Children of Paradise (1944): Marcel Carne’s Masterpiece

(Les Enfants du Paradis)

One of the most beautifully lyric movies ever made, Children of Paradise is Marcel Carne’s masterpiece of 1944; the movie was released in the U.S. two years larer.

A truly romantic movie, written by the poet Jacques Prevert (who received an Oscar nomination), the film offers a meditation on the nature and varieties of love–sacred and profane, selfless and possessive.

It is also a sumptuously made epic (running over 3 hours) about the complex relationship between art and life.

The film’s title refers to “the children of the gods,” the rowdy patrons in the cheap seats.

Set in the theatrical world of Paris during the July Monarchy of 1830–48, the narrative is takes place in the area around the Funambules theatre, on the Boulevard du Temple, also known as the “Boulevard du Crime”.

As a love story, the film defies the conventions of the romantic triangle, and instead presents a quintet, revolving around a beautiful and charismatic courtesan, Garance (Arletty), sort of a French Garbo.

Four men, vastly different in personality and approach, court her:  the delicate and soulful mime Baptiste Debureau (Jean-Louis Barrault), the flamboyant Shakespearean actor Fredrick Lemaitre (Pierre Brasseur), the dangerous thief  Pierre Francois Lacenaire (Marcel Herrand), and the aristocrat count Édouard de Montray (Louis Salou).

They are in love with Garance, and it’s their intrigues and ways to gain her attention that drive the story forward.  For her part, Garance is briefly involved with each one of them, but in the end, she leaves them when they attempt to force her to love on their terms.

The mime Baptiste, the most sensitive of the quartet, suffers the most in pursuit of the unattainable Garance.

Maria Casares has the unrewarding role of the theatre manager’s daughter, who marries Deburau and becomes the mother of the abominable offspring.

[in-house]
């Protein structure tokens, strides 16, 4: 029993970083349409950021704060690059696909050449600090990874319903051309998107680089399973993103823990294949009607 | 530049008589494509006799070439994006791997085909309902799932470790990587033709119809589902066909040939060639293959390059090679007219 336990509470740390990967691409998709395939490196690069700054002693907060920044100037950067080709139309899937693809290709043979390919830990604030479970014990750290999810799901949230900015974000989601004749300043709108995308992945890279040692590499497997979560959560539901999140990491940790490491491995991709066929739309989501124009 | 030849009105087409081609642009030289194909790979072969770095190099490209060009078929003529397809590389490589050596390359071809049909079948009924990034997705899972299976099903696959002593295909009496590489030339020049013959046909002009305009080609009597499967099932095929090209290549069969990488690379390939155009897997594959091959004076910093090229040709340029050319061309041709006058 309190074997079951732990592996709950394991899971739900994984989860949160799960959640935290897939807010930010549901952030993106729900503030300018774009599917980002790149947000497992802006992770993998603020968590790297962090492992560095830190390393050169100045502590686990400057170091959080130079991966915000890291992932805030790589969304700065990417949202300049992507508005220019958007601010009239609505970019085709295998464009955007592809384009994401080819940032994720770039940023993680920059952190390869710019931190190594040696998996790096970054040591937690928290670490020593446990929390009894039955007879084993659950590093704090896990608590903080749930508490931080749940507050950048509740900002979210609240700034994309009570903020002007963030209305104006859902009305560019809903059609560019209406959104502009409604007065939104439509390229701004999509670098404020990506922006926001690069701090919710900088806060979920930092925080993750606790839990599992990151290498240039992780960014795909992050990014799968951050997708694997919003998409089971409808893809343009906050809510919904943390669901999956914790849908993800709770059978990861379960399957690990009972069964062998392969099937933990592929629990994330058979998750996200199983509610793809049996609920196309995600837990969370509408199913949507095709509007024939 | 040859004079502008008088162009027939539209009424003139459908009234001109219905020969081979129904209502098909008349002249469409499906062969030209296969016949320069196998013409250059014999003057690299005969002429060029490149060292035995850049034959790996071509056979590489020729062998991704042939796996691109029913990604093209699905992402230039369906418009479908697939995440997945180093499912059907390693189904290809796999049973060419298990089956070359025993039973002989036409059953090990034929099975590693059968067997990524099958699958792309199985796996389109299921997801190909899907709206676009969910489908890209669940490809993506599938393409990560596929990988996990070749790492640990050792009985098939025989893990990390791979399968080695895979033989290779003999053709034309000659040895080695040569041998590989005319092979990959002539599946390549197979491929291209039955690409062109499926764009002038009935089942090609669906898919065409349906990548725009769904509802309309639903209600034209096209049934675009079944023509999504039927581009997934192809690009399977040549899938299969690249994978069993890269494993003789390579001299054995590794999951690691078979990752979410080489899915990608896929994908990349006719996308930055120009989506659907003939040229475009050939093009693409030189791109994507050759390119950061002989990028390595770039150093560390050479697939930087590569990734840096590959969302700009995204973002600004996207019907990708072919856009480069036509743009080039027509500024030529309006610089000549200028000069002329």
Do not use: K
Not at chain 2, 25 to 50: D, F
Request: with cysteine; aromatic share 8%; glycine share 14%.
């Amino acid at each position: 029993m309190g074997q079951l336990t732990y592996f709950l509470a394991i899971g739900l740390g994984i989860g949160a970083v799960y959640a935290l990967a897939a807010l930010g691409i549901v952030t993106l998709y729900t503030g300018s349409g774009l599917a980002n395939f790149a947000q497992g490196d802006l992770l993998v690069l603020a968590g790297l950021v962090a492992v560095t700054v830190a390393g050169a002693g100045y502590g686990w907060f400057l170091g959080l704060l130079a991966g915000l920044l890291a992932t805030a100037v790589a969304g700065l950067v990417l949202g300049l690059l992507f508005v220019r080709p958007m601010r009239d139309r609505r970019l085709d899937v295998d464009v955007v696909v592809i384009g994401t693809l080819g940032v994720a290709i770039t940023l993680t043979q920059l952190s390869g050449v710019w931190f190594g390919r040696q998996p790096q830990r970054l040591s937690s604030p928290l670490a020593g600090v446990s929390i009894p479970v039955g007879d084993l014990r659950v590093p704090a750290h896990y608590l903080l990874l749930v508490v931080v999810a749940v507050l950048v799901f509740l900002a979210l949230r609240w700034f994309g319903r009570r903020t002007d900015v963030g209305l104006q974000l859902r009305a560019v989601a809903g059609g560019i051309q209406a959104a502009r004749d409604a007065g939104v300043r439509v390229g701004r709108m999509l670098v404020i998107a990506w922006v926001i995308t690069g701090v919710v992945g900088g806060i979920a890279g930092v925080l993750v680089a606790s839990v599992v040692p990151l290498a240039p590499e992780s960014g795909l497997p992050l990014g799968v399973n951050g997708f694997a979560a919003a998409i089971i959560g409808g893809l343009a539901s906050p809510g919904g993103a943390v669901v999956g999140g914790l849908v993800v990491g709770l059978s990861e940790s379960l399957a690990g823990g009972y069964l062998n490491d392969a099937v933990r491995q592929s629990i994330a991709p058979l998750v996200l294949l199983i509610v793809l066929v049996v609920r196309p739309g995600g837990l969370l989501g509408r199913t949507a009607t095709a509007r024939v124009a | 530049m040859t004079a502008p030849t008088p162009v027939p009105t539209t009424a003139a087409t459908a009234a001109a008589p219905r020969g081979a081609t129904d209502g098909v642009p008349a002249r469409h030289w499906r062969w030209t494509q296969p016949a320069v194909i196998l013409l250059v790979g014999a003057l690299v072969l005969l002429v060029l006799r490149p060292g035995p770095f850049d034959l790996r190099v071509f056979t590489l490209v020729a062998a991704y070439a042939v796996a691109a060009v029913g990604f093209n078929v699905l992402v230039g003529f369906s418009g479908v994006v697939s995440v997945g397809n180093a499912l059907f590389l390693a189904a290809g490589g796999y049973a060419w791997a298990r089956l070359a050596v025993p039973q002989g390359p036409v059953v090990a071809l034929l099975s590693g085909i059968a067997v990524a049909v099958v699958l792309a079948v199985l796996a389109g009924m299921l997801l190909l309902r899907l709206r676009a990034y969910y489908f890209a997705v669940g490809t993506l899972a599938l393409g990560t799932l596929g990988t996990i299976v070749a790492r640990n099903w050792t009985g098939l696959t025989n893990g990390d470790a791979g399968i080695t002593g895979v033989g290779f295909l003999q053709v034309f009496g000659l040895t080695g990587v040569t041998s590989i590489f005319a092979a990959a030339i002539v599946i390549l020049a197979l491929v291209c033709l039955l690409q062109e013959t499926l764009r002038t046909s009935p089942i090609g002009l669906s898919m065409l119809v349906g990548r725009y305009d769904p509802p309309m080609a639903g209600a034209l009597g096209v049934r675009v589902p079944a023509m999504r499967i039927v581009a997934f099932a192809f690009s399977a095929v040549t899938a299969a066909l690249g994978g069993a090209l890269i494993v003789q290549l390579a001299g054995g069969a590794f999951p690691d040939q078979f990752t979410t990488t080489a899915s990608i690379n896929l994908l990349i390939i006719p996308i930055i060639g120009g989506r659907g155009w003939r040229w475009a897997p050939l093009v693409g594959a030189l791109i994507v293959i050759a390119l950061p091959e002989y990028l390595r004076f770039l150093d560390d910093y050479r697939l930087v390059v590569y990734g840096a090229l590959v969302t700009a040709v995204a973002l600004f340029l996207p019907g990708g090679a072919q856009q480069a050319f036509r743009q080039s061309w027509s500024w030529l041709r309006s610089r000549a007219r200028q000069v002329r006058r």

An elaborately stylized epic of romantic yearning, betrayal and murder, the film is so indelible that some of its luminous scenes and images are known even to those who have never seen the film.

The film was made during the Occupation, and it is said that the starving extras made away with some of the banquets before they could be photographed.

Made under difficult conditions in La Victorine studio in Nice, during the Nazi Occupation, “Children of Paradise” was shot in two parts to get around the Germans’ regulation that no French film could be longer than 90 minutes.

Calling into question authority of the family, sexual repression and deviance, rigid gender role, the dependence of women on men, the film presents alternatives to patriarchal heterosexuality in the shape of Lacenaire’s nonconformity, Frederick’s promiscuity, Baptiste’s androgyny, Garance’s independence, which contrasts with Nathalie’s monogamy.

Dubbed by some critics as France’s “Gone With the Wind,” the movie was recently voted the best French film of the century in a poll of 600 French film critics and professionals


Director: Marcel Carne

Running time: 193 minutes

Oscar Nominations: 1

Screenplay (Original): Jacques Prevert

Oscar Award: None

Oscar Context:

The winners of the Original Screenplay were Muriel and Sydney Box for “The Seventh Seal.”